Now, I don't want to get off on a rant here, but Dennis Miller is a guy who’s gone through a lot of different personas throughout his storied career. He's been the smarmy "Weekend Update" anchor, smarmy late-night talk show host, and most recently a smarmy conservative political commentator. During this run he's had more shows with his name in the title than Tyler Perry that have been attached to more networks than Paddy Chayefsky. His reference-heavy, laid-back demeanor has made him the kind of guy you either love or hate. Well, today we look back at his first solo venture; hot off the heels of his six-year Saturday Night Live run where he hosted his first late-night talk show entitled The Dennis Miller Show.

Premiering on January 20, 1992, The Dennis Miller Show was syndicated, which meant he was a world away from the freedom he would later be given on HBO with his much more long-running Dennis Miller Live. What's interesting about that date, however, is that it meant that Miller was starting out in a much different late night landscape than the one that exists today. At this point, Letterman was still on NBC at 12:35, Carson was just finishing up his run on The Tonight Show, and apart from Nightline the only other competition was from The Arsenio Hall Show. Dennis Miller was there to speak to a younger audience that wasn't being served by Carson's show, but maybe wasn't into Arsenio. However, this was a narrow audience that was probably already being served by Late Night with David Letterman, which might explain why Miller's show lasted only seven months. READ MORE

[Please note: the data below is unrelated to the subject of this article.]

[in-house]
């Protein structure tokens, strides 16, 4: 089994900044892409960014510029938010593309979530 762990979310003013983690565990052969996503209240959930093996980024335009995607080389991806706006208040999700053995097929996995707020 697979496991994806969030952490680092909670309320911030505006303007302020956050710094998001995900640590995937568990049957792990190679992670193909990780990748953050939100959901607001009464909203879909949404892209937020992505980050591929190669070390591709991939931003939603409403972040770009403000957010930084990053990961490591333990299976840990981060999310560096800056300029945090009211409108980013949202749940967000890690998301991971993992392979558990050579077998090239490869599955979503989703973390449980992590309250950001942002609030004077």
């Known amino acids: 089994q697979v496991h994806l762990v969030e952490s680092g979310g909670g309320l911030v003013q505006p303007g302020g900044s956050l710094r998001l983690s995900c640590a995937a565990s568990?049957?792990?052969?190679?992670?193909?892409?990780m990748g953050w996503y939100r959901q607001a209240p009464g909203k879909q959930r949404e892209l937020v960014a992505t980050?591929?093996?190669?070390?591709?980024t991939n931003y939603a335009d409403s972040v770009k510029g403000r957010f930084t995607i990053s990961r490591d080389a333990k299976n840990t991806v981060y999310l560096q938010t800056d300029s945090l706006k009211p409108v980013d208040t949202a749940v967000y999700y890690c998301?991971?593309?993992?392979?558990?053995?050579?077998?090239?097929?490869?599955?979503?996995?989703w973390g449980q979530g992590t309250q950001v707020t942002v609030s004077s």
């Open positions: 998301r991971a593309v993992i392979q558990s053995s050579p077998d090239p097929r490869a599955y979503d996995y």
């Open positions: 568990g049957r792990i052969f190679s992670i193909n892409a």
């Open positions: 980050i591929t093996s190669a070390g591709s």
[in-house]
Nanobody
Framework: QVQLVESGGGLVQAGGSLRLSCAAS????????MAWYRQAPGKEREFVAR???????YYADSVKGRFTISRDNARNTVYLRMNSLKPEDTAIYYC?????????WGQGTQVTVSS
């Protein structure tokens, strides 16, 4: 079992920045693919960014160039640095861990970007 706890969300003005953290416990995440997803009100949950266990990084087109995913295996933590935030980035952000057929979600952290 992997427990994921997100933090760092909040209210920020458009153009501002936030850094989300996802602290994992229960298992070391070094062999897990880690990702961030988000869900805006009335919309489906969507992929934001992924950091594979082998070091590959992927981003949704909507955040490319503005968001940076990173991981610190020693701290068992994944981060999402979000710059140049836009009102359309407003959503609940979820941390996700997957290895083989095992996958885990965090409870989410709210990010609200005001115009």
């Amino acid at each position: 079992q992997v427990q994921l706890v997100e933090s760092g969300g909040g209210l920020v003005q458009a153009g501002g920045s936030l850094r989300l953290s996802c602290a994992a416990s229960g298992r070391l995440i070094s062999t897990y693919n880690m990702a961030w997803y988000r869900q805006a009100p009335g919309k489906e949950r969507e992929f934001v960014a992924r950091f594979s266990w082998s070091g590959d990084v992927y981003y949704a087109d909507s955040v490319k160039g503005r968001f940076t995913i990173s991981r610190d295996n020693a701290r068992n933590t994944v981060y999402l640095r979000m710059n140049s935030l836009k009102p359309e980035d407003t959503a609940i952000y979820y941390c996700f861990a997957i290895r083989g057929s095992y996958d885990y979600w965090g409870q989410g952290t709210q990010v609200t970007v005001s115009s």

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When Jon Lovitz Performed an Original Play on Live TV

jonlovitzThe Paley Center for Media, which has locations in both New York and LA, dedicates itself to the preservation of television and radio history. Inside their vast archives of more than 150,000 television shows, commercials, and radio programs, there are thousands of important and funny programs waiting to be rediscovered by comedy nerds like you and me. Each week, this column will highlight a new gem waiting for you at the Paley Library to quietly laugh at. (Seriously, it’s a library, so keep it down.)